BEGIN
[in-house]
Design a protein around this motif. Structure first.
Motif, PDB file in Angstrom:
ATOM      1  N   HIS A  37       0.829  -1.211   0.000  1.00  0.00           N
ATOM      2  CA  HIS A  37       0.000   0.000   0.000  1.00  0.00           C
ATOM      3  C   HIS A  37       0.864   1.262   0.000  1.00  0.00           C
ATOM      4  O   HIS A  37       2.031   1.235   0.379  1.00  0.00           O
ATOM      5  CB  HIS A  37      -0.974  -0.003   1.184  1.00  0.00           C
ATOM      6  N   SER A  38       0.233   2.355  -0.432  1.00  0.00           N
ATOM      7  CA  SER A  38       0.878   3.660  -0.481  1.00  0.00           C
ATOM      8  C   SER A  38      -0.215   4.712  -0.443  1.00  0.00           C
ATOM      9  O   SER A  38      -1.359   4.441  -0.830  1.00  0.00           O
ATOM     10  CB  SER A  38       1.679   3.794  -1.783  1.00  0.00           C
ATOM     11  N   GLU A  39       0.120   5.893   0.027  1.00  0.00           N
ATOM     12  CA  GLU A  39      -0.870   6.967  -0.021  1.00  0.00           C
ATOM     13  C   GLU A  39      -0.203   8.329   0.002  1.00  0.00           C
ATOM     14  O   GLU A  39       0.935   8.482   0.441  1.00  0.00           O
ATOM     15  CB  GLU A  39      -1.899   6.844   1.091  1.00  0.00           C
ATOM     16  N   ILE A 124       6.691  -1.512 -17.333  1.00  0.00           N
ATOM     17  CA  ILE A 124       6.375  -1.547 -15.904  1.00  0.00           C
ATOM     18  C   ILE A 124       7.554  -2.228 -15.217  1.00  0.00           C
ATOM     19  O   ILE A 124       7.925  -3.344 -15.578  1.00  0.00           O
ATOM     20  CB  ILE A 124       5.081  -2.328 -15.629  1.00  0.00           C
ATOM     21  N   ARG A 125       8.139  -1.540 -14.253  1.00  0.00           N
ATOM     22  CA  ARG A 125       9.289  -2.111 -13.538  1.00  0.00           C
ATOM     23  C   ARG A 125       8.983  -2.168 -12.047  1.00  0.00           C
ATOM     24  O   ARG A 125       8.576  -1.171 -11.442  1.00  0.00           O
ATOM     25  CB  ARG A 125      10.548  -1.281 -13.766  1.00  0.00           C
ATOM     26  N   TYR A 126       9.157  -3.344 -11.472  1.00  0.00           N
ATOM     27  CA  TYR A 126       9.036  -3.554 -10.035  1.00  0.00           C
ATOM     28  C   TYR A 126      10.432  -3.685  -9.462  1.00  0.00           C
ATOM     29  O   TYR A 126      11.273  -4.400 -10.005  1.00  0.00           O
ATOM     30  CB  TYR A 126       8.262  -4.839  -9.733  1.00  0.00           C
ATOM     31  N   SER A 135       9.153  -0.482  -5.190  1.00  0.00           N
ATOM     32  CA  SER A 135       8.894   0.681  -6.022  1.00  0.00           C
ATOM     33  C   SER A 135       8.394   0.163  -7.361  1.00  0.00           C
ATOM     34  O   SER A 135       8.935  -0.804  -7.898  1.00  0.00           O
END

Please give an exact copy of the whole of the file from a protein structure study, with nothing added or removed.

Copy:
[in-house]
Design a protein around this motif. Structure first.
Motif, PDB file in Angstrom:
ATOM      1  N   HIS A  37       0.829  -1.211   0.000  1.00  0.00           N
ATOM      2  CA  HIS A  37       0.000   0.000   0.000  1.00  0.00           C
ATOM      3  C   HIS A  37       0.864   1.262   0.000  1.00  0.00           C
ATOM      4  O   HIS A  37       2.031   1.235   0.379  1.00  0.00           O
ATOM      5  CB  HIS A  37      -0.974  -0.003   1.184  1.00  0.00           C
ATOM      6  N   SER A  38       0.233   2.355  -0.432  1.00  0.00           N
ATOM      7  CA  SER A  38       0.878   3.660  -0.481  1.00  0.00           C
ATOM      8  C   SER A  38      -0.215   4.712  -0.443  1.00  0.00           C
ATOM      9  O   SER A  38      -1.359   4.441  -0.830  1.00  0.00           O
ATOM     10  CB  SER A  38       1.679   3.794  -1.783  1.00  0.00           C
ATOM     11  N   GLU A  39       0.120   5.893   0.027  1.00  0.00           N
ATOM     12  CA  GLU A  39      -0.870   6.967  -0.021  1.00  0.00           C
ATOM     13  C   GLU A  39      -0.203   8.329   0.002  1.00  0.00           C
ATOM     14  O   GLU A  39       0.935   8.482   0.441  1.00  0.00           O
ATOM     15  CB  GLU A  39      -1.899   6.844   1.091  1.00  0.00           C
ATOM     16  N   ILE A 124       6.691  -1.512 -17.333  1.00  0.00           N
ATOM     17  CA  ILE A 124       6.375  -1.547 -15.904  1.00  0.00           C
ATOM     18  C   ILE A 124       7.554  -2.228 -15.217  1.00  0.00           C
ATOM     19  O   ILE A 124       7.925  -3.344 -15.578  1.00  0.00           O
ATOM     20  CB  ILE A 124       5.081  -2.328 -15.629  1.00  0.00           C
ATOM     21  N   ARG A 125       8.139  -1.540 -14.253  1.00  0.00           N
ATOM     22  CA  ARG A 125       9.289  -2.111 -13.538  1.00  0.00           C
ATOM     23  C   ARG A 125       8.983  -2.168 -12.047  1.00  0.00           C
ATOM     24  O   ARG A 125       8.576  -1.171 -11.442  1.00  0.00           O
ATOM     25  CB  ARG A 125      10.548  -1.281 -13.766  1.00  0.00           C
ATOM     26  N   TYR A 126       9.157  -3.344 -11.472  1.00  0.00           N
ATOM     27  CA  TYR A 126       9.036  -3.554 -10.035  1.00  0.00           C
ATOM     28  C   TYR A 126      10.432  -3.685  -9.462  1.00  0.00           C
ATOM     29  O   TYR A 126      11.273  -4.400 -10.005  1.00  0.00           O
ATOM     30  CB  TYR A 126       8.262  -4.839  -9.733  1.00  0.00           C
ATOM     31  N   SER A 135       9.153  -0.482  -5.190  1.00  0.00           N
ATOM     32  CA  SER A 135       8.894   0.681  -6.022  1.00  0.00           C
ATOM     33  C   SER A 135       8.394   0.163  -7.361  1.00  0.00           C
ATOM     34  O   SER A 135       8.935  -0.804  -7.898  1.00  0.00           O